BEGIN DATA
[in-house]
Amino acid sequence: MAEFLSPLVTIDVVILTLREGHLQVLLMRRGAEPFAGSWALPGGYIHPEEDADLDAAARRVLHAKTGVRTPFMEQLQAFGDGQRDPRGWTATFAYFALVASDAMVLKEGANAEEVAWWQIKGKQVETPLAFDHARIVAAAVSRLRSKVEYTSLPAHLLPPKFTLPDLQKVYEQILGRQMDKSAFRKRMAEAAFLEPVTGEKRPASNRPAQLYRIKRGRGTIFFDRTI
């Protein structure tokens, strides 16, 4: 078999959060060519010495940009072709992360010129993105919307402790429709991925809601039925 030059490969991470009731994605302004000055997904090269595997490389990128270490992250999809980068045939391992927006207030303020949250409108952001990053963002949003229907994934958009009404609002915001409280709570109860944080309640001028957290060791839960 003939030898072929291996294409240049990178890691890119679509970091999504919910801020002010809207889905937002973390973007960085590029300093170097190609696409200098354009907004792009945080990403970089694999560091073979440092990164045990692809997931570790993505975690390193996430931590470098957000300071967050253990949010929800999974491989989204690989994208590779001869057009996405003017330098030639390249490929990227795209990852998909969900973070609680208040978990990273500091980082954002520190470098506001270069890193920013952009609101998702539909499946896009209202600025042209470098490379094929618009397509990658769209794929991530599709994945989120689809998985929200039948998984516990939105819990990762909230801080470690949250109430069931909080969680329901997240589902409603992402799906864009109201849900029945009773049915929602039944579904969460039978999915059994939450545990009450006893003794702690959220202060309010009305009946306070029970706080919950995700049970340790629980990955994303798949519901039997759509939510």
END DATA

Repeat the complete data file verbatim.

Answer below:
[in-house]
Amino acid sequence: MAEFLSPLVTIDVVILTLREGHLQVLLMRRGAEPFAGSWALPGGYIHPEEDADLDAAARRVLHAKTGVRTPFMEQLQAFGDGQRDPRGWTATFAYFALVASDAMVLKEGANAEEVAWWQIKGKQVETPLAFDHARIVAAAVSRLRSKVEYTSLPAHLLPPKFTLPDLQKVYEQILGRQMDKSAFRKRMAEAAFLEPVTGEKRPASNRPAQLYRIKRGRGTIFFDRTI
């Protein structure tokens, strides 16, 4: 078999959060060519010495940009072709992360010129993105919307402790429709991925809601039925 030059490969991470009731994605302004000055997904090269595997490389990128270490992250999809980068045939391992927006207030303020949250409108952001990053963002949003229907994934958009009404609002915001409280709570109860944080309640001028957290060791839960 003939030898072929291996294409240049990178890691890119679509970091999504919910801020002010809207889905937002973390973007960085590029300093170097190609696409200098354009907004792009945080990403970089694999560091073979440092990164045990692809997931570790993505975690390193996430931590470098957000300071967050253990949010929800999974491989989204690989994208590779001869057009996405003017330098030639390249490929990227795209990852998909969900973070609680208040978990990273500091980082954002520190470098506001270069890193920013952009609101998702539909499946896009209202600025042209470098490379094929618009397509990658769209794929991530599709994945989120689809998985929200039948998984516990939105819990990762909230801080470690949250109430069931909080969680329901997240589902409603992402799906864009109201849900029945009773049915929602039944579904969460039978999915059994939450545990009450006893003794702690959220202060309010009305009946306070029970706080919950995700049970340790629980990955994303798949519901039997759509939510």